We’re the generation hit by the perfect storm of job-killing technological leaps and a job-killing economic crash. Many of us were in school when this happened. The old joke about useless philosophy and basket-weaving degrees now applied to journalism, teaching, agriculture, engineering and pretty much everything else. Even vital blue-collar jobs like manufacturing, clerical positions and civil servants became increasingly redundant. Aspirations gave way to survival.

My first full-time job out of college was in retail. Not sales, but pulling stock off warehouse shelves and sweeping floors. That was seven years ago, and even then the employees included (like me) students with graduate degrees, computer programmers and other stalled young professionals. None of us considered that our ideal job — our pay certainly didn’t reflect it — but we performed like it was. Because when you’re inclined to do your best, you do it always.

That’s also true of the tens of thousands of troops who have fought in Iraq and Afghanistan — and continue to maintain a presence practically everywhere America has ever fought a war. Most of those wars and occupations have been questionable at best, begun by older generations with varying degrees of practicing what they command. But those troops sure have done their jobs — entirely on a volunteer basis, no less. That by itself should cement that my generation is anything but soft.

The entire point of the United States of America, if what we’ve been taught our entire lives is true, is that it’s the land of opportunity. That with hard work and education, we can make better lives for ourselves. That social contract has fallen through for a lot of us. We’re the first generation to be chided for wanting to believe in the American Dream. We’re making the best of our cards, but forgive us if we find that upsetting at times.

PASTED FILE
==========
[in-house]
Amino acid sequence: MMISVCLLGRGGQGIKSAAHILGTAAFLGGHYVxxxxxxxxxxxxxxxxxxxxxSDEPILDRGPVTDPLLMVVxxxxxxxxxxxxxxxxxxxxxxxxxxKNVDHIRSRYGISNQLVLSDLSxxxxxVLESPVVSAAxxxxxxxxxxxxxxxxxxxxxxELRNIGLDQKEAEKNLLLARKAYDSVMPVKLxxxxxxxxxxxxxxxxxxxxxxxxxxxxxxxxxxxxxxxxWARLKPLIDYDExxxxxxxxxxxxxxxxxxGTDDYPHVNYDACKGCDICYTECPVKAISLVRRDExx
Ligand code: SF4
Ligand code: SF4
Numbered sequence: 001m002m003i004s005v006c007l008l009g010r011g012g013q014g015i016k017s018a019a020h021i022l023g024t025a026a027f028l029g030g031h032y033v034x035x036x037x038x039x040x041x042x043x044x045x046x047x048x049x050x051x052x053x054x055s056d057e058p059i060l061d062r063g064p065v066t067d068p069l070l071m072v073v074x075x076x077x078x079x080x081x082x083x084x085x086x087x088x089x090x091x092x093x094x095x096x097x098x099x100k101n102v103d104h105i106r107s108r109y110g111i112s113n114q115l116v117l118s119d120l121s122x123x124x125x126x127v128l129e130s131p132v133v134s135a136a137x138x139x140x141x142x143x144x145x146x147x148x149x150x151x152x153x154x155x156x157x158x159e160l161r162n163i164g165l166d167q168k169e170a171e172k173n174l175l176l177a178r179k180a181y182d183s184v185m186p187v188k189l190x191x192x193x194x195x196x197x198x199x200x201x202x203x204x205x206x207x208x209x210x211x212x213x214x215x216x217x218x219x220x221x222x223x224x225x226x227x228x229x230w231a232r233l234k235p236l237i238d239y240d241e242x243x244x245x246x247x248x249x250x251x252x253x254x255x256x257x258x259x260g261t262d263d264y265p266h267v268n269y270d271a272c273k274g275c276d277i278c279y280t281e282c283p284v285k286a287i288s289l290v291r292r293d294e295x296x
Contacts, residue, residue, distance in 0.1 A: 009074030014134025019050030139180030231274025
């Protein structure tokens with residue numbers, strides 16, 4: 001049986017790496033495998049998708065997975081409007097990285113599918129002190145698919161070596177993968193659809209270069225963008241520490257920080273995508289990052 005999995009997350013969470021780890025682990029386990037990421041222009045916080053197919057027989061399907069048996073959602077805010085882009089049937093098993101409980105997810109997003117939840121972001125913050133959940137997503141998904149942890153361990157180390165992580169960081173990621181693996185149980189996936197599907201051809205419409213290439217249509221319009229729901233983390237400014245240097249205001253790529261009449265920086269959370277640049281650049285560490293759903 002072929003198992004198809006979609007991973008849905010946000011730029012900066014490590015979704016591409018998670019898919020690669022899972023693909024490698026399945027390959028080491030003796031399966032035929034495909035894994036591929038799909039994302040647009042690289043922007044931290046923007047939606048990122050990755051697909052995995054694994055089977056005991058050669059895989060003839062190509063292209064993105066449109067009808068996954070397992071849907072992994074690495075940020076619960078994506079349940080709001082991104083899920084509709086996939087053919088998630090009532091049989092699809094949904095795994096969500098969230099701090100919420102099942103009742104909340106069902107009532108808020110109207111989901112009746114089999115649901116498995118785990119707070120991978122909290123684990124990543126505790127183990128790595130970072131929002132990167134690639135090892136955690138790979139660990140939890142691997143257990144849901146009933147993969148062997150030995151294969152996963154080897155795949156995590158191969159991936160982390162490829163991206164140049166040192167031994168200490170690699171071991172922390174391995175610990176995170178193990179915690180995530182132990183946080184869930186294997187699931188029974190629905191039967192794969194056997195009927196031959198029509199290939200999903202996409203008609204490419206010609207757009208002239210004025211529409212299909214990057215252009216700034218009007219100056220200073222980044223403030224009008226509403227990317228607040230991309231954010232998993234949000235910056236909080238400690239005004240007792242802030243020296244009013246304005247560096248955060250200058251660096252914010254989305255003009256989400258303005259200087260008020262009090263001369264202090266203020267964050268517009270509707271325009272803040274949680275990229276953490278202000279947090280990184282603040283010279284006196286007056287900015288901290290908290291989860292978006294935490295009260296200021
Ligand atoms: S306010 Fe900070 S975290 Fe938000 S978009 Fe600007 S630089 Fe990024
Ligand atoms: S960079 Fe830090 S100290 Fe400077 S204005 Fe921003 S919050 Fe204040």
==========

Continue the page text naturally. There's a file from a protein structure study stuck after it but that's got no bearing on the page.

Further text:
We’re in a new age of discouragement, telling students not to expect too much. Perhaps that’s preferable to the apparent bait-and-switch that blindsided this generation, but it still seems wrong somehow. It’s one thing to acknowledge reality; it’s another entirely to resign oneself to it. We should always strive to improve, no matter how much of a struggle that is. Past generations didn’t settle, and neither should we.

A lot of us have had to downgrade our dreams, perhaps permanently. But don’t dare call us any variant of lazy. Cleaning up the mess we were left for the rest of our lives doesn’t give us time to be lazy.

Indeed, it might define our generation forever.

Inspired by several recent conversations

Guy who swears he isn't racist: “A lot of our problems would go away if black people stopped annoying white people.”

Me: “What?”

“I’ve lived lots of places and I’ve never seen racial tension like we have here in Louisiana. The blacks in other places are friendly. Over here, the blacks seem intent on making life as hard for white people as possible.”

“Wow, that’s incredibly racist.”

“RACIST?!! How DARE you call me a RACIST! What is racist about that? It’s the TRUTH!!”

“OK, calm down. How does this annoyance manifest itself?”

“Well, I was at McDonald’s the other day and the black clerk was surly to me.”

“A lot of fast food clerks are surly.”